Hate crimes against transgender people are rising faster than any other in Scotland, it has emerged, as new figures published by the Scottish Government showed reports to police have soared in the past year.

New statistics published by the Scottish Government have revealed that the number of hate crimes recorded against transgender people has soared by 68 per cent from 2020/21 to 2021/22 and has increased more than threefold over a seven-year period.

Green MSP Maggie Chapman said the sharp rise incidents has been “fuelled by a cynical campaign of vicious lies” over Scotland’s gender recognition reforms.

According to the statistics, hate crimes where transgender was the aggravator has jumped from 53 in 2014/15 to 110 in 2021/21 and 185 in 2021/22.

Read more: Misinformation over gender recognition plans used to 'whip up moral panic'

The total number of hate crimes has increased slightly over the space of 12 months from 6,720 recorded in 2020/21 to 6,927 for 2021/22.

Hate crimes against people due to their sexual orientation has also risen from 1,110 in 2014/15 to 1,683 in 2021/21 and 1,855 in 2021/22.

The number of hate crimes targeting disabled people has also climbed over the years, moving from 269 in 2016/17 to 435 in 2020/2021 and 552 in 2021/2022.

The most common aggrevator for recorded hate crimes, race, has seen a slight decrease from 5,178 incidents in 2014/15 to 4,316 in 2020/21 and 4,263 in 2021/22.

An MSP has warned that the toxic debate around gender recognition for trans people in Scotland has led to more transgender people being targeted.

Greens equalities spokesperson, Maggie Chapman, said: "We should all be angry about the appalling increase in transphobic incidents in Scotland.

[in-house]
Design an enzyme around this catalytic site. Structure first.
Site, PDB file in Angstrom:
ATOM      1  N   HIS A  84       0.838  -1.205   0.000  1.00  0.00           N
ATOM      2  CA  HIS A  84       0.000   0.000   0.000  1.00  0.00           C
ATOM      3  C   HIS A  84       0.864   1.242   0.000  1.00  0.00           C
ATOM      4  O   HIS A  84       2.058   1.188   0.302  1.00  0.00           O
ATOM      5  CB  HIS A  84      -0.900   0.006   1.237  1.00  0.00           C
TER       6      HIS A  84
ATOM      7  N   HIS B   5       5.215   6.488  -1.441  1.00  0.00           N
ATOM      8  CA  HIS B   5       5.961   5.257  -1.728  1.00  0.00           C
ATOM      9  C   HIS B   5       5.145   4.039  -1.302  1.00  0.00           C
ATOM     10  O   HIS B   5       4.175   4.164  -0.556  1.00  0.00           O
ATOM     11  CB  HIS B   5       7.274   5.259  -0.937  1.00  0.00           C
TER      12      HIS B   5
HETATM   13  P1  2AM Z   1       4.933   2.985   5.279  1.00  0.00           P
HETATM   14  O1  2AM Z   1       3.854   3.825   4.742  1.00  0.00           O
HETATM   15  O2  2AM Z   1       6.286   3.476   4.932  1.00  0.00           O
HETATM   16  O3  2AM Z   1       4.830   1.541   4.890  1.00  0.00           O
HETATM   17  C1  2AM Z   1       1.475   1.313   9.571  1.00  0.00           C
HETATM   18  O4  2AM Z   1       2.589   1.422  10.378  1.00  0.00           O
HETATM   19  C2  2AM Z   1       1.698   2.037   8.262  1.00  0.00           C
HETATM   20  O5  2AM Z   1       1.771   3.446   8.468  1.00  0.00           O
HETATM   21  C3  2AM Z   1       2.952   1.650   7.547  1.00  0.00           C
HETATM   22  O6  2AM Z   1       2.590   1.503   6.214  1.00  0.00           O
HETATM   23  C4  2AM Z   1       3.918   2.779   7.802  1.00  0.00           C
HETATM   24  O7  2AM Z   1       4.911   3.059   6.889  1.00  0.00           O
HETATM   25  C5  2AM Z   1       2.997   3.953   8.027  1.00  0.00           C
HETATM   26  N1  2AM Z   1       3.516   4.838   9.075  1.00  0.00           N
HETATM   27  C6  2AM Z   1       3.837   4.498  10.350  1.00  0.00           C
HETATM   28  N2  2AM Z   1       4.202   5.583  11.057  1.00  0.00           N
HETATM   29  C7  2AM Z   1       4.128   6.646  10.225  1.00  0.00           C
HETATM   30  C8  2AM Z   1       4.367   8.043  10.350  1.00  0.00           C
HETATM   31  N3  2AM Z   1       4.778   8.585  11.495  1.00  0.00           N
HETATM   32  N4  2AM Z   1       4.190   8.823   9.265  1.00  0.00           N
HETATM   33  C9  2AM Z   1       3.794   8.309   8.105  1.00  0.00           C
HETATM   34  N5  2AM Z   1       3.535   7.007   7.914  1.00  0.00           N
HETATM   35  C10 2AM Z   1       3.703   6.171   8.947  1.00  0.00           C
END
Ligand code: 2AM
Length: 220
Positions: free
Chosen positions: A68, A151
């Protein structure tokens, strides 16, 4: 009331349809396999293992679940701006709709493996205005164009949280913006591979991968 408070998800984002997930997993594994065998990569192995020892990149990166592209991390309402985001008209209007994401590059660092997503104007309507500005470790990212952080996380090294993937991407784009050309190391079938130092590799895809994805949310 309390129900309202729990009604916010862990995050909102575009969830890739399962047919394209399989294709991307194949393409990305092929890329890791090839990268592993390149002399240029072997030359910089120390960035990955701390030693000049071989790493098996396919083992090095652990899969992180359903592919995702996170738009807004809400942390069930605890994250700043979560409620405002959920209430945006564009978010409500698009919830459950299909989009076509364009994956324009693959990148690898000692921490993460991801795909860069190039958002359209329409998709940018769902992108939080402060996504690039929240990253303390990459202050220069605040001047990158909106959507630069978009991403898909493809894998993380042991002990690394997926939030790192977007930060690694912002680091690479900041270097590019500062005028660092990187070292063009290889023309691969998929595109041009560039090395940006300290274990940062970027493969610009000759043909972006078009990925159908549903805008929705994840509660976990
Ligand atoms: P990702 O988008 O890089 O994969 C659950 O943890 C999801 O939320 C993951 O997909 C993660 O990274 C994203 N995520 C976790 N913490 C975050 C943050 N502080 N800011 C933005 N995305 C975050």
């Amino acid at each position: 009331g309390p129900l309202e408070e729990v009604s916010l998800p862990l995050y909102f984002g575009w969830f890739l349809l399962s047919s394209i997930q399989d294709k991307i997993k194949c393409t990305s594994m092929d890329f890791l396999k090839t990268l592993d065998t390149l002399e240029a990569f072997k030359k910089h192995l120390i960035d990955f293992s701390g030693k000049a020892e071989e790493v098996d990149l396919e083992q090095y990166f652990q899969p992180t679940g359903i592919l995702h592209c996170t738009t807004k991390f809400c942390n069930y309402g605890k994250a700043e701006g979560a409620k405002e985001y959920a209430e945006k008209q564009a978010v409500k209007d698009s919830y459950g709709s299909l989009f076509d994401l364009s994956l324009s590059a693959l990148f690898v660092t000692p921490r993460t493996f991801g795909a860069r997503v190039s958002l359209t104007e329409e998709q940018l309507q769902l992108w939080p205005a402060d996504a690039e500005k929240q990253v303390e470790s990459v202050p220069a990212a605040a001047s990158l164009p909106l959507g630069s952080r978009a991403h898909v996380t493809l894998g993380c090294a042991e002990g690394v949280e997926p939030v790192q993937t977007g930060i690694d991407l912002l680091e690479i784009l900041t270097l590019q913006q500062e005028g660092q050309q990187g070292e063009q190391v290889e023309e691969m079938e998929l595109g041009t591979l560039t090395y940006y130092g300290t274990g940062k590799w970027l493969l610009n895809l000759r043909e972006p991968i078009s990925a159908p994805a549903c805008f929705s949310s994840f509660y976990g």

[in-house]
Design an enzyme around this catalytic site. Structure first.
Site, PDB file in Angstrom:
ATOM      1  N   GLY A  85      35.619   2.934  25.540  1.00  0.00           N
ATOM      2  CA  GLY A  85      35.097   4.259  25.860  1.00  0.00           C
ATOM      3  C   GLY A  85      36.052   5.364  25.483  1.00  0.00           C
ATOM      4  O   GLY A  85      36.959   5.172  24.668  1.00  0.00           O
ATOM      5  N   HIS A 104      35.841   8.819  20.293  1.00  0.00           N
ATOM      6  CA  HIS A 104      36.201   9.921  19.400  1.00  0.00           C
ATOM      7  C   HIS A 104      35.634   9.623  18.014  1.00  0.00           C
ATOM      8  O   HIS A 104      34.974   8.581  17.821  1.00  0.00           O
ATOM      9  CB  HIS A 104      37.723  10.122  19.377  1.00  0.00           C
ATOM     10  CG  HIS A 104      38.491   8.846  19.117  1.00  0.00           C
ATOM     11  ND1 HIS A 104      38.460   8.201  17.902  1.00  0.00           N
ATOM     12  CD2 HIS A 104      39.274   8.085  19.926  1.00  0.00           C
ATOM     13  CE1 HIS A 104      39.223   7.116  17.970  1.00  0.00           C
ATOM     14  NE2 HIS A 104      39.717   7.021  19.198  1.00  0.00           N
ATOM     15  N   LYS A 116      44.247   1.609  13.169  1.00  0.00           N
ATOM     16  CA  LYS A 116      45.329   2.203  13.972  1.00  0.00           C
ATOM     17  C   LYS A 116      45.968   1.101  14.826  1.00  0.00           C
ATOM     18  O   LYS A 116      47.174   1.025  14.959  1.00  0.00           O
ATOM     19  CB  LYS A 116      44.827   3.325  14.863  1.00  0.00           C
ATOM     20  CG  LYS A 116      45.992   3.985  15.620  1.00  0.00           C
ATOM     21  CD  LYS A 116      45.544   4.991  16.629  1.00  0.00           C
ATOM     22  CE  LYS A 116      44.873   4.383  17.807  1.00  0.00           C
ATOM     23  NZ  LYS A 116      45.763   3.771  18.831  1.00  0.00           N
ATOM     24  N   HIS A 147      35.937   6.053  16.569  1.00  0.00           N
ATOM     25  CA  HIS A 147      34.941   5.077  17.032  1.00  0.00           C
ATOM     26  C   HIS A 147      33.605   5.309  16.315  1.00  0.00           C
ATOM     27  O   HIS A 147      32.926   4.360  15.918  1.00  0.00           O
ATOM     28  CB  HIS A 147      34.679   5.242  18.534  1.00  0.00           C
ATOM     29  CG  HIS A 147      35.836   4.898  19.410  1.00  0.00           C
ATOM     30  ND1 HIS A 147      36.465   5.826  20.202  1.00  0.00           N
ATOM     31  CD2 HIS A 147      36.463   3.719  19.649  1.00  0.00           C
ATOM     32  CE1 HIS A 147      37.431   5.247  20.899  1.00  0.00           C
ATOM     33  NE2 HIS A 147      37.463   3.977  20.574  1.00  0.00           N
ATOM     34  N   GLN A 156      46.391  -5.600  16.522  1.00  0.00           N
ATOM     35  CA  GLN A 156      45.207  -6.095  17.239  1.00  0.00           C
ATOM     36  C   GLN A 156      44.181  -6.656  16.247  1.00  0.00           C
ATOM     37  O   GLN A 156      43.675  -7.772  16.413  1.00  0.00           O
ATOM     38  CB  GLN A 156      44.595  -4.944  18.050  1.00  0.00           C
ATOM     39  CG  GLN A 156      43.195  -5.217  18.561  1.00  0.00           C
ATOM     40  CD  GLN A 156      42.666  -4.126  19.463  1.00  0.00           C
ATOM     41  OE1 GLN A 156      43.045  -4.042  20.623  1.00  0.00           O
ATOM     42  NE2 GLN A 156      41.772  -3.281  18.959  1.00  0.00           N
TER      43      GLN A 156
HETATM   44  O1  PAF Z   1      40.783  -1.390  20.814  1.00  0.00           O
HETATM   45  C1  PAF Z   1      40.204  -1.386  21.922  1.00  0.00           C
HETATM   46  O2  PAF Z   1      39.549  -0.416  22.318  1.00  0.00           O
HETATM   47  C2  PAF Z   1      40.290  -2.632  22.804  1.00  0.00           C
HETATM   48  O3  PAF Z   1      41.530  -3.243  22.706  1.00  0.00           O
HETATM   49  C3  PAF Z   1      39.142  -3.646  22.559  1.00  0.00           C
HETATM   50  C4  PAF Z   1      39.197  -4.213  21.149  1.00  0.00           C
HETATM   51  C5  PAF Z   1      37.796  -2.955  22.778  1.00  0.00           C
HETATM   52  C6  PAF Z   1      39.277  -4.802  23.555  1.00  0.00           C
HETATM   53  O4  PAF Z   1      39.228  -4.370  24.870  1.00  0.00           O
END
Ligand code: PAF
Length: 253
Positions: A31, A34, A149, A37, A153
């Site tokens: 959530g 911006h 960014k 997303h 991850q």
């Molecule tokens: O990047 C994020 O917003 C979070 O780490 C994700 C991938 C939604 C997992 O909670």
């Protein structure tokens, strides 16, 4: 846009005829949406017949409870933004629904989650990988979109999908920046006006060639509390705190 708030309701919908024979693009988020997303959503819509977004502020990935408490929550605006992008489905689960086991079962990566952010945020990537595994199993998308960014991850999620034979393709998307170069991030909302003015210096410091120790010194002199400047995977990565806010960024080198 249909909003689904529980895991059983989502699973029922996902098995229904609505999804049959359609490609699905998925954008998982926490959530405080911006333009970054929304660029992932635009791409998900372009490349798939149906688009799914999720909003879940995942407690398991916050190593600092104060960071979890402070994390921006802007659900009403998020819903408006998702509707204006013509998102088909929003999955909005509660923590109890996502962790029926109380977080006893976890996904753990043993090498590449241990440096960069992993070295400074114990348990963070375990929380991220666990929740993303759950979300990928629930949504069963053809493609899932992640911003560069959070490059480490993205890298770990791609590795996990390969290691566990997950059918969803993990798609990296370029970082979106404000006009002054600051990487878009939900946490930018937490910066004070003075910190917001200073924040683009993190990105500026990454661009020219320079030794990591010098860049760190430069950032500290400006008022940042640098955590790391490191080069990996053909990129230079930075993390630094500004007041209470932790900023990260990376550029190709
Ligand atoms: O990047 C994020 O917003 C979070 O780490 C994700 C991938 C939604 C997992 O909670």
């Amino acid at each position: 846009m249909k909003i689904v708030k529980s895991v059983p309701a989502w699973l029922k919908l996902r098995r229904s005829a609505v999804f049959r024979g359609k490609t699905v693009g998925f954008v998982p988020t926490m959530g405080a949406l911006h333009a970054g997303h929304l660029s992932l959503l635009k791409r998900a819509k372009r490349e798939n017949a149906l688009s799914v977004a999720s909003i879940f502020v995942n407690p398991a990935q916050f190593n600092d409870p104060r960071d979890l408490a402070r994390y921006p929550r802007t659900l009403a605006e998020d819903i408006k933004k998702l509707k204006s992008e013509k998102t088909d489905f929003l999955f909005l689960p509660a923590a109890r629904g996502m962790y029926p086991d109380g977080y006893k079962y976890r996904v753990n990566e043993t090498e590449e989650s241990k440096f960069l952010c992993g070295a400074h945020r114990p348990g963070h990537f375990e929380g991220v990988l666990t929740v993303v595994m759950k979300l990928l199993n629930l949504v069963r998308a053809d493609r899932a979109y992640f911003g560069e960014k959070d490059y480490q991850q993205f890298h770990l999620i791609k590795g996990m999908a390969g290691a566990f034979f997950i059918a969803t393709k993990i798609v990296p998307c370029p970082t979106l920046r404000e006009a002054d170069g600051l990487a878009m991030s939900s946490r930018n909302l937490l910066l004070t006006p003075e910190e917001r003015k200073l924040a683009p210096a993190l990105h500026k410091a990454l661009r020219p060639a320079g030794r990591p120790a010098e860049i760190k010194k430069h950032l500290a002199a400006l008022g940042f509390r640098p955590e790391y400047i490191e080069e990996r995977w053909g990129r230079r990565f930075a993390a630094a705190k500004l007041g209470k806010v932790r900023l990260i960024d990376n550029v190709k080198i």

“This awful rise must also not be viewed out of context. It has been fuelled by a cynical campaign of vicious lies and smears spread about our trans siblings.

Read more: LGBT Scots seeing 'unacceptable' rise in violent hate crimes against them

"Much of it has been whipped-up and encouraged by powerful voices, such as those with significant public platforms and those in the UK government who want to distract from their own failings.”

She added: "This abusive behaviour must never be normalised. Prejudice and bigotry ruin lives. Behind every one of these crimes is a real person who has been attacked just for being who they are.

Read more: Nicola Sturgeon warns not to 'further stigmatise' trans people

"My heart goes out every single person who has been targeted and abused. I stand in solidarity with them and their friends and allies. This poisonous transphobia has absolutely no place in a modern and progressive Scotland."

According to the study, 27% of transphobic hate crimes were carried out online, 28% took place in public and 23% took place at a private property. The vast majority of transgender identity aggravated hate crimes were reported to the police by the victim.

In almost 90% of transgender identity aggravated hate crimes in 2021/22, the perpetrator should prejudice towards those from the transgender community based on “words used, action taken or perceptions of the victim”.

But the Scottihs Conservatives, the only Holyrood party who oppose the gender recognition reforms, have lablled Ms Chapman's claims as "malicious, unfounded and untrue".

The Tories' equalities spokesperson, Rachael Hamilton, said: “No-one should ever be targeted or attacked for their gender identity, and this rise in hate crimes against transgender people is appalling.

“However the idea that this has been ‘whipped up’ by the UK Government is malicious, unfounded and untrue. While the debate about the SNP’s gender recognition reforms has evoked strong feelings on both sides, the UK Government and the Scottish Conservatives have used sensitive and respectful language throughout."

She added: “By contrast, it has been a minority of supporters of this Bill – such as Maggie Chapman – who have used some of the most inflammatory and divisive language when discussing this sensitive issue.

“We have always been clear that trans people deserve support, respect and recognition – but this must not come at the expense of the rights and safety of women and girls.”

Police Scotland's superintendent Claire Dobson said: “Targeting anyone because of who they are is deplorable. Hate crime should have no place in society and we are working to increase awareness and encourage reporting.

“We want anyone who experiences hate crime, including when our officers and staff are targeted, to report it in the knowledge they will be treated fairly, with respect and the circumstances investigated professionally.”

The Scottish and UK governments have been contacted for comment.